|For the week of December 20, 2010 – Vol. 8, Issue 51|
|>> Austin Mortgage Market Update
INFO THAT HITS US WHERE WE LIVE Last Thursday it was good to see that Housing Starts picked up for November, rising 3.9% for the month to an annual rate of 555,000 units. This beat expectations and was especially gratifying because all the gain came from a 6.9% increase in single-family starts. These have now been up three out of the last four months.
Multi-family starts were down for the fourth month in a row, but these are very volatile on a monthly basis. In fact, the 12-month moving average for multi-family starts is still trending higher, up 5.9% compared to a year ago. The demand for multi-unit residences should continue to grow, which is why some observers foresee a large rebound in multi-unit construction in the new few months. Although there are still excess housing inventories, they are falling quickly and experts expect them to drop further, even with a home building recovery.
>> Review of Last Week
THREE IN A ROW… Investors sent stocks higher for the third straight week on Wall Street. The markets weren’t exactly on fire, as volumes were low, which is typical for this time of year, and investors remain guardedly optimistic, which has been their attitude since last month’s elections. As happens so often, the week’s festivities were driven by the economic headlines and there certainly were plenty to ponder.
The consumer appears to be showing up for the holidays, as retail sales went up 0.8% in November, up 1.2% excluding autos. Including revisions to September and October numbers, overall sales were up 1.5% for the month. Retail is now UP 7.7% over a year ago, and sales are up at a 12% annual rate for the past five months! On the worrisome side, the November Producer Price Index (PPI) showed wholesale inflation up 0.8%, although the Consumer Price Index (CPI) rose a benign 0.1%. Consumer prices are up 1.1% over a year ago, which is good, but wholesale prices are up 3.5% for the year, which isn’t so good if you want to keep inflation in check and interest rates down.
The jobs recovery is key to the housing rebound, so it was good to see new unemployment claims falling again last week, to 420,000. This beat expectations and was the second lowest number this year for weekly claims, which have now fallen three times in the last four weeks. The Philadelphia Fed index showed manufacturing continues to grow in that region, as it was up nicely for December. Likewise, the Empire State index showed New York manufacturing coming back strong in December after last month’s dip. November Industrial Production rose above expectations and capacity utilization showed factories at their highest volume levels since October 2008.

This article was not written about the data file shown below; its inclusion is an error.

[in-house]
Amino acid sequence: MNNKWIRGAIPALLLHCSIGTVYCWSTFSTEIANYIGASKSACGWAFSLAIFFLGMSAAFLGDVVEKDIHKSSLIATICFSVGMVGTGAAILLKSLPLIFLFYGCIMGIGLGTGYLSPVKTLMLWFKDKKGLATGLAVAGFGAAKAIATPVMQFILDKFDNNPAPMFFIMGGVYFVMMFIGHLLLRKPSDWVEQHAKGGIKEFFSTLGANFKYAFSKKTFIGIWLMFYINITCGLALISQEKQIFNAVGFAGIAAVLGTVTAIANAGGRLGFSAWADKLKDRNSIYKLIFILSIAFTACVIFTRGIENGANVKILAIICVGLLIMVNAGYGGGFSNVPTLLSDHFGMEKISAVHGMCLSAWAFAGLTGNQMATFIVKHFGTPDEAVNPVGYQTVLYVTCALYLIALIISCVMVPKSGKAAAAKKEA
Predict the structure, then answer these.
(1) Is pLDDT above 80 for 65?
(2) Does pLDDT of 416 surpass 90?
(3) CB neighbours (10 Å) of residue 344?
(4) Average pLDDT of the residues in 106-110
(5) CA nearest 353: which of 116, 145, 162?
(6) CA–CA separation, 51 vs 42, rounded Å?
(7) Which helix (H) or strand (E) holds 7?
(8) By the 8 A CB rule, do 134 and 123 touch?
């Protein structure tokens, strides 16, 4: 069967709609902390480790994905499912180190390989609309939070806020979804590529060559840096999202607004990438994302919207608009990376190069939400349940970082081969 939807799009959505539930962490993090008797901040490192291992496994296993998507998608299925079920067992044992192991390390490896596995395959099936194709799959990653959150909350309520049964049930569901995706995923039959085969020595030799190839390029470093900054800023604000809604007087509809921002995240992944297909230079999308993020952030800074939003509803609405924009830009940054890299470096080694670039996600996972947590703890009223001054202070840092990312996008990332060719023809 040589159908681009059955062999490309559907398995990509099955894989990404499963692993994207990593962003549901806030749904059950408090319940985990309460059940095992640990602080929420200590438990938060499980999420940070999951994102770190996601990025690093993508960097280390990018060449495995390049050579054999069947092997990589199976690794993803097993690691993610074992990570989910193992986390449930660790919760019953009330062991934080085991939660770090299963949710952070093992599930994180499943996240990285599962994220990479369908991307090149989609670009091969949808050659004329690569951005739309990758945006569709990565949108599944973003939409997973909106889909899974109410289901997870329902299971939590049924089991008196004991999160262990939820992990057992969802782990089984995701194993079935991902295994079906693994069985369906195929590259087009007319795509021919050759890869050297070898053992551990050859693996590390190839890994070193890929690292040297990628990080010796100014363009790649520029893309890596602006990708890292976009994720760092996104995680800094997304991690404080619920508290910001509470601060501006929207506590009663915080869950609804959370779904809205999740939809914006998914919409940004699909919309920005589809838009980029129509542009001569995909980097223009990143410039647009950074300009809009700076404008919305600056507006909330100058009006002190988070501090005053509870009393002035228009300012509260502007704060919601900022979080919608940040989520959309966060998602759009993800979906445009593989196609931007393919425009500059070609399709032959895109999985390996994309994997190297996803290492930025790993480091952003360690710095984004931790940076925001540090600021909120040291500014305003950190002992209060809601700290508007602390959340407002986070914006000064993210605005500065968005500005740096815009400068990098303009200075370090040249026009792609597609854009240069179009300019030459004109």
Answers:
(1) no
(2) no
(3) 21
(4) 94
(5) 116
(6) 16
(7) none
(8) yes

For the week, the Dow was UP 0.7%, to 11491.91; the S&P 500 was UP 0.3%, to 1243.91; and the Nasdaq was UP 0.2%, to 2642.97.
With investors feeling more upbeat about the economy, money flowed into stocks and out of the bonds that fund most mortgage loans. The FNMA 30-year 4.0% bond we watch ended down 78 basis points for the week, closing at $98.22. This inched mortgage rates higher once again. Freddie Mac’s weekly survey of conforming mortgages had the average 30-year fixed-rate mortgage rate up for the fifth week in a row. Rates are still historically low, but people looking to purchase or refinance should be aware that the low-rate party may soon be over.
>> This Week’s Forecast
HOUSING, INFLATION AND THE OVERALL ECONOMY… This week we get to see how the economy is coming along in some key areas. We track the housing recovery with Wednesday’s Existing Home Sales and Thursday’s New Home Sales, both expected to be up a bit for November. Continuing the theme of a steady if slow recovery, the third estimate of GDP should show the overall economy growing at a 2.7% annual rate, up from the prior 2.5% estimate. Again, a slower rate of growth than economists would like to see, but growth nonetheless.
Thursday brings more inflation readings, with both Personal Spending and Core PCE Prices expected to remain under control. The final December reading on University of Michigan Consumer Sentiment may be up a small amount, while November Durable Goods Orders may be down a tad. The markets will be closed Friday.
Happy Holidays to you and yours during this joyous season!
>> The Week’s Economic Indicator Calendar
Weaker than expected economic data tends to send bond prices up and interest rates down, while positive data points to lower bond prices and rising loan rates.
Economic Calendar for the Week of December 20 – December 24
>> Federal Reserve Watch
Forecasting Federal Reserve policy changes in coming months The policy statement from last week’s FOMC meeting indicated the Fed is not yet convinced the economy is on solid ground. Analysts therefore expect the Fed Funds Rate to stay at its super low level for an “extended period.” Inflation, or a stronger economic recovery, could of course start the rate back up. Note: In the lower chart, a 1% probability of change is a 99% certainty the rate will stay the same.
Current Fed Funds Rate: 0%–0.25%
Probability of change from current policy: